Several letters offer specific examples to bolster this view of things, yet on closer examination they don’t necessarily reveal what the authors appear to intend. Professor Curry mentions antibiotics, and of course Fleming’s discovery of penicillin is familiarly presented as a canonical instance of the serendipitous consequences of scientists pursuing their curiosity. But what was Fleming so curious about? His research at the time was focused on the practical problem of resistance to infection, so if his famous discovery illustrates the serendipitous results of curiosity, it is curiosity arising from the search for application, not for “pure” knowledge. “Fortune favors the prepared mind,” as Pasteur aptly noted. Michael Merrifield objects to my observation that “technology sets the agenda for science,” and he wants to play “gotcha” with his example of the World Wide Web, which, he notes, “was invented not to solve a perceived problem in mass communication, but rather as an incidental by-product” of academic scientists’ need to share information. But this example actually supports the ideas presented in “Saving Science.” Scientists developed the ancestral Web to solve a practical problem — in this case, information-sharing among researchers working in many locations. The subsequent evolution of the Web from this early-stage niche application to a much broader, indeed transformational, role in society is actually a rather typical story, as the history of steam engines (originally for powering pumps to drain coal mines) and radio (originally for point-to-point communication) well illustrate. Similarly, while Professor Merrifield notes how high-speed wireless draws on “technology developed by Australian radio astronomers who were interested in processing confused faint signals from the depths of space,” he might have traced the story still deeper into history to reveal that radio astronomy itself was a serendipitous outgrowth of research at Bell Labs aimed at reducing background noise in early overseas telephone service. Efforts to build a general case for a deterministic, linear path from pure science to technology often founder on such historical details.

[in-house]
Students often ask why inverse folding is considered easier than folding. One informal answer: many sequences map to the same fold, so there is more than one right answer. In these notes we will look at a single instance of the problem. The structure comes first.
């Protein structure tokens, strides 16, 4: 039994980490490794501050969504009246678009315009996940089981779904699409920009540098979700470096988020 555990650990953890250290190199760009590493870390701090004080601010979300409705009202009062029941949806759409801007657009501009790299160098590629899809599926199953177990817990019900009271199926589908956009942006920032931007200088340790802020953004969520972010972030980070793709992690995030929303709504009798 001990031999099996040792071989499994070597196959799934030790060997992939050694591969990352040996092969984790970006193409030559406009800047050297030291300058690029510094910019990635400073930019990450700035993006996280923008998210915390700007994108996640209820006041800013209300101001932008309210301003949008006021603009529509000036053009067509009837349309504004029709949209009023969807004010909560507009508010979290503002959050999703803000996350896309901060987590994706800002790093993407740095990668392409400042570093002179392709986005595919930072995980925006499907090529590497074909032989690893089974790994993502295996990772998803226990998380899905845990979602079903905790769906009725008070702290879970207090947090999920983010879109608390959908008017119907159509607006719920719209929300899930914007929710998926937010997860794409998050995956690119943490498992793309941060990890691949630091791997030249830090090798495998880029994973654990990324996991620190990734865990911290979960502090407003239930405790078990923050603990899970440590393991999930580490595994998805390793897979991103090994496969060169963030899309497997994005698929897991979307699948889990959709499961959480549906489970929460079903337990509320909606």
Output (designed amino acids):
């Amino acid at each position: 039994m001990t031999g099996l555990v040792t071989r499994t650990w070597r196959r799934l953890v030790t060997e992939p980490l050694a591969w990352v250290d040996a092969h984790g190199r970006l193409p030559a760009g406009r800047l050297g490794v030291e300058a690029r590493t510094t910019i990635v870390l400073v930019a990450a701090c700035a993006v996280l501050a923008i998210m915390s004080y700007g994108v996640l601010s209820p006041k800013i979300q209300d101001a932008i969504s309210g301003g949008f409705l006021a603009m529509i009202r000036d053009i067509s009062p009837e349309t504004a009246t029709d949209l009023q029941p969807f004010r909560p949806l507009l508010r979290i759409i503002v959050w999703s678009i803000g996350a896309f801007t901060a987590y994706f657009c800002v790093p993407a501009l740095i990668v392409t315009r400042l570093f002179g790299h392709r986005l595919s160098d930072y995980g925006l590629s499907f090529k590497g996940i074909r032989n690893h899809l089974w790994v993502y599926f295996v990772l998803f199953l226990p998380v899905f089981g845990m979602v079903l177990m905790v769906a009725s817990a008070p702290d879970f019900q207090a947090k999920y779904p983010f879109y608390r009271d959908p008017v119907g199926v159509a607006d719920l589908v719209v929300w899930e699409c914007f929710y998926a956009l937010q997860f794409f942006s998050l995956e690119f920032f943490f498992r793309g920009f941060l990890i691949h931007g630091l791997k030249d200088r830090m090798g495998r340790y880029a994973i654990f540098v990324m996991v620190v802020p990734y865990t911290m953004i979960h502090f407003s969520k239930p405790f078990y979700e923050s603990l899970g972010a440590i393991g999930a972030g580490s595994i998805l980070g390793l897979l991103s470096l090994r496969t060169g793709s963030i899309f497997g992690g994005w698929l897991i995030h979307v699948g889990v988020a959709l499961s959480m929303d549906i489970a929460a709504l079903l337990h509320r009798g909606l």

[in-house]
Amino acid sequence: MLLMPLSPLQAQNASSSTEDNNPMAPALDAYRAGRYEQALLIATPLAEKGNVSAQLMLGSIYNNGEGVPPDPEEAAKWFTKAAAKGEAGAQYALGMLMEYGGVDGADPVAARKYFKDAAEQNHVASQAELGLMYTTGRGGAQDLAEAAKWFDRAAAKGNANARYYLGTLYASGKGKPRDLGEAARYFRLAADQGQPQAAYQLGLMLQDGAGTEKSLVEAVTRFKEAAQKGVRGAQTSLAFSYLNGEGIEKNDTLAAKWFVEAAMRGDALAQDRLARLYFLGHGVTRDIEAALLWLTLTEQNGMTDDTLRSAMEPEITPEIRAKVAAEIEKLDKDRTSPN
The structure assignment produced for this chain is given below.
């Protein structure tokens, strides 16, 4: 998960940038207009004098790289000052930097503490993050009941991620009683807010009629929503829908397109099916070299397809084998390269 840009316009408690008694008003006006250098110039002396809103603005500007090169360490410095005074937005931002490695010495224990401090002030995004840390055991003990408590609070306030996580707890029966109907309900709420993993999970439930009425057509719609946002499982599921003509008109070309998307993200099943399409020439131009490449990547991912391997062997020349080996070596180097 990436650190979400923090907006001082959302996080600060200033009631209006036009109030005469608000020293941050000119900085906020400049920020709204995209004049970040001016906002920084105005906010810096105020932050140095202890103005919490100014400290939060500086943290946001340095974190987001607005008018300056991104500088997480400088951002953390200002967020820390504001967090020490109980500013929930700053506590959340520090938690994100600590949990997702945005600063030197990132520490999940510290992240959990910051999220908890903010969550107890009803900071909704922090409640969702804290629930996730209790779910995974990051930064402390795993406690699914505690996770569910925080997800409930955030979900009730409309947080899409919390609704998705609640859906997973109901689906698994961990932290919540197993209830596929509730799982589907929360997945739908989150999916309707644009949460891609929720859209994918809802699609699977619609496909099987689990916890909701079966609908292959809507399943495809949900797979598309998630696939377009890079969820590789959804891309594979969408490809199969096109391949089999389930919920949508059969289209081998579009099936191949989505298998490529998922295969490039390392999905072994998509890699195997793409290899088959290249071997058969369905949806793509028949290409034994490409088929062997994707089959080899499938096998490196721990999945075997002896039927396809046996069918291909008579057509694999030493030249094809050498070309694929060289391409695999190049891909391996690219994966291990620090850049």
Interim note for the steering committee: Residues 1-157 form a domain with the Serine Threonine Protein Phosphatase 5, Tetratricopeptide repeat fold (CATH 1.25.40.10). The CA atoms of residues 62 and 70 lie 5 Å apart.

Of course new science may lead to new technology. I wrote: “Scientists have discovered and probed phenomena that turned out to have enormously broad technological applications.” But the secret elixir of technological advance is not to be found in individual instances of scientific discovery, but in the complex institutional arrangements of national innovation systems such as the one that powered the U.S. Cold War effort.